First women said it. Then some MPs said it, to no avail. Now an extensive study is saying that women must not be forced to wear high heels at work, prompting renewed calls for the government to take action.
A new study conducted by researchers at the University of Aberdeen has reignited the debate over high heels in the workplace, after the review found a “huge” amount of “evidence showing heels are bad for individuals’ health” – namely that heels are linked to injury, bunions and, of course, pain (no surprise there, then). The paper, they concluded, should “put pressure on lawmakers to toughen up legislation so that no one is forced against their will to wear them in the workplace or in licensed public social venues”.
The study comes after MPs rejected proposals for a law banning women being forced to wear high heels at work as recently as April this year. The issue hit national headlines when Nicola Thorp set up a petition in May 2016, and debate intensified. She was sent home from her temping job at the Big Four accountancy firm PricewaterhouseCoopers (PwC), because she wasn’t wearing high heeled shoes. More than 150,000 people signed the petition in support of her – so why did the government reject the law?
When choice is taken away, it becomes worrying problematic – not only from a physical health perspective, as this study found, but for the way women are viewed at work
The authors of this latest study have their own ideas. Writing in The Sunday Herald, Dr Maxwell Barnish, of the University of Aberdeen, who is the lead author of the report, said that the government’s response to Thorp’s protest put the needs of those at the top of business above the rights of workers. At the time they said that there was no need to change the law, because Thorp was already protected from discrimination by the Equality Act 2010.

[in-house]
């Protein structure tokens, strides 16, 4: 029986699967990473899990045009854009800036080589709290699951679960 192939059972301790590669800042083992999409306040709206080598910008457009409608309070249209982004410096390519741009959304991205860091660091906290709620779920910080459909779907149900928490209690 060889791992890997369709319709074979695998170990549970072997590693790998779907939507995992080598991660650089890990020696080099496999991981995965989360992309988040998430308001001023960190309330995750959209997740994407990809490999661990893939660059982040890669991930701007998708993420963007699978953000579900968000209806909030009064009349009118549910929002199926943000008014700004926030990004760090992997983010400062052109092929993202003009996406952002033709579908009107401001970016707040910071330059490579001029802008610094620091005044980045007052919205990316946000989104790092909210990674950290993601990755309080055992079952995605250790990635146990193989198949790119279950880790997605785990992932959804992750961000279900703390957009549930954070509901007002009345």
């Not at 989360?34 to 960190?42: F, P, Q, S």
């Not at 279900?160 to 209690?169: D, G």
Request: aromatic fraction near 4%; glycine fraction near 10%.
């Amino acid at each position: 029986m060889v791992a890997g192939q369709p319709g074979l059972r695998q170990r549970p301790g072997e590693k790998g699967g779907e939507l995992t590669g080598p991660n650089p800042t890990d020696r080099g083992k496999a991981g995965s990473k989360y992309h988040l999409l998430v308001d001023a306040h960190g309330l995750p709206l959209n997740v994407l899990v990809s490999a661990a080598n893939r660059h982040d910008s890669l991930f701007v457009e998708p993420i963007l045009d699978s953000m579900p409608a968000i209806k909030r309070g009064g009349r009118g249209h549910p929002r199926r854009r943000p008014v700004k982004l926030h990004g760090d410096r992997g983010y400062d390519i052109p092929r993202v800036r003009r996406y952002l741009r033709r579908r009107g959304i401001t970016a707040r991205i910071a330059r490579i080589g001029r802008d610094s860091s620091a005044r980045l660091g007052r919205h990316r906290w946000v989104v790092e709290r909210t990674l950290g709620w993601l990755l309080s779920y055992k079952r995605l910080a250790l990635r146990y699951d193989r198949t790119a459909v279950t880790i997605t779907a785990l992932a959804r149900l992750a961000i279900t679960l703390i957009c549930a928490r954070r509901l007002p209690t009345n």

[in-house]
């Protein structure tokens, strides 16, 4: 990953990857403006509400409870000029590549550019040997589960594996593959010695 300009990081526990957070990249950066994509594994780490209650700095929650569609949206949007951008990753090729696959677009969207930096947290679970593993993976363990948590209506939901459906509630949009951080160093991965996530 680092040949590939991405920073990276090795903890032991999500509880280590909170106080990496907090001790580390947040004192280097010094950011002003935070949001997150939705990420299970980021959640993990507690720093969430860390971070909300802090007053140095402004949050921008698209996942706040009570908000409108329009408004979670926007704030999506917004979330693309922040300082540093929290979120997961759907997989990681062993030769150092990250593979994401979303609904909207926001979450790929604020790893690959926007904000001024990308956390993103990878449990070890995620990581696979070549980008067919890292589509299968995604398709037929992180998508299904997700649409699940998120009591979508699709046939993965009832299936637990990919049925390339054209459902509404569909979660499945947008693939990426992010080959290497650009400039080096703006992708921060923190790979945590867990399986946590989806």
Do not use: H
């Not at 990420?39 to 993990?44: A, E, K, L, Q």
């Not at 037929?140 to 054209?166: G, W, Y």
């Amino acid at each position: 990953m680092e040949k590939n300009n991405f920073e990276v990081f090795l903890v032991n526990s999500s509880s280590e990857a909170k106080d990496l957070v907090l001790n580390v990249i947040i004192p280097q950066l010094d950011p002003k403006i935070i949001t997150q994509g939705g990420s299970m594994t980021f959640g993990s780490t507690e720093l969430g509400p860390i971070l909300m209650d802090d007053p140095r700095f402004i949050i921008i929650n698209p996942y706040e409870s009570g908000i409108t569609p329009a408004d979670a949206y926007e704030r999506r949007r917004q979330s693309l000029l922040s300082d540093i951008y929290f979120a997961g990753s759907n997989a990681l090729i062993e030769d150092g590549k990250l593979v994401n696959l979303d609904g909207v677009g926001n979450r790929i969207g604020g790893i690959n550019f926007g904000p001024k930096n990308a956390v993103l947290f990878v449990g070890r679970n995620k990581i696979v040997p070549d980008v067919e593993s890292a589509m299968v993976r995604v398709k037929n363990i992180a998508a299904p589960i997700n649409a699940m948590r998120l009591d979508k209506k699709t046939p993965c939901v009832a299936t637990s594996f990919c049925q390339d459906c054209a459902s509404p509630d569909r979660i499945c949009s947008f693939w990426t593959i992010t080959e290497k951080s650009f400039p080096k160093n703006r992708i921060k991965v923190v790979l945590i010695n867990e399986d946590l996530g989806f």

But the Act failed to give Thorp adequate protection when she was sent home from work without pay that day in May last year. As such, the Conservative party – “the party of the employer, the party of the capitalist economy” – Barnish said, refused to act perhaps because they were trying “not to impose too much on employers”. “... Maybe they are focusing too much on the employers’ rights rather than employees’ rights,” he wrote.
And the implications of this issue are far-reaching. This latest study also considered the positive effects of wearing heels and found not that women commanded more respect, or are more likely to be taken seriously, but simply that men and women find women in heels more attractive due to a “number of complex cultural and social reasons”. They also found that heels will influence a man’s behaviour to women’s benefit: men more likely to help a woman wearing heels, or do them a favour, academics said.
Quite obviously this is, as Barnish points out, “old-fashioned” and “culturally bound”, and encourages an environment in which women are more often valued for their looks over their ability. Being forced to wear heels by an employer, then, appears to not only encourage, but curate this type of environment. And that’s the crux – women, of course, should be able to choose whether to wear heels, or lipstick, or whatever they see fit.
But when choice is taken away, it becomes worrying problematic – not only from a physical health perspective, as this study found, but for the way women are viewed at work. The question now is, is the government listening?